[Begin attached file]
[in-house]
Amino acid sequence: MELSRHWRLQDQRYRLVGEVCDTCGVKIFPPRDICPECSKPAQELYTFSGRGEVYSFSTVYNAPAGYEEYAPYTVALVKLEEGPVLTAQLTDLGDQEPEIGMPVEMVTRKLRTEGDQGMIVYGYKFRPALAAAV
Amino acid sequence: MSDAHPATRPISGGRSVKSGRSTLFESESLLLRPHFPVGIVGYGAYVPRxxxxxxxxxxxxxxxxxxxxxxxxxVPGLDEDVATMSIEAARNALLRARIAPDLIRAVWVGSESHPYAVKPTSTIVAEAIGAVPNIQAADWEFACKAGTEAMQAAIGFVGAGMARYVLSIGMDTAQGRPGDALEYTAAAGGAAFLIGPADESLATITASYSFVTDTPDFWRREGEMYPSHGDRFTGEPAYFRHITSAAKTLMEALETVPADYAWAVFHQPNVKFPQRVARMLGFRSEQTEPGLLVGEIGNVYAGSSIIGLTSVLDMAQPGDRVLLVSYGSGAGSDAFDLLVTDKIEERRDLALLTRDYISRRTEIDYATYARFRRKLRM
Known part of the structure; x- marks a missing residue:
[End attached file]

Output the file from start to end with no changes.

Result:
[in-house]
Amino acid sequence: MELSRHWRLQDQRYRLVGEVCDTCGVKIFPPRDICPECSKPAQELYTFSGRGEVYSFSTVYNAPAGYEEYAPYTVALVKLEEGPVLTAQLTDLGDQEPEIGMPVEMVTRKLRTEGDQGMIVYGYKFRPALAAAV
Amino acid sequence: MSDAHPATRPISGGRSVKSGRSTLFESESLLLRPHFPVGIVGYGAYVPRxxxxxxxxxxxxxxxxxxxxxxxxxVPGLDEDVATMSIEAARNALLRARIAPDLIRAVWVGSESHPYAVKPTSTIVAEAIGAVPNIQAADWEFACKAGTEAMQAAIGFVGAGMARYVLSIGMDTAQGRPGDALEYTAAAGGAAFLIGPADESLATITASYSFVTDTPDFWRREGEMYPSHGDRFTGEPAYFRHITSAAKTLMEALETVPADYAWAVFHQPNVKFPQRVARMLGFRSEQTEPGLLVGEIGNVYAGSSIIGLTSVLDMAQPGDRVLLVSYGSGAGSDAFDLLVTDKIEERRDLALLTRDYISRRTEIDYATYARFRRKLRM
Known part of the structure; x- marks a missing residue: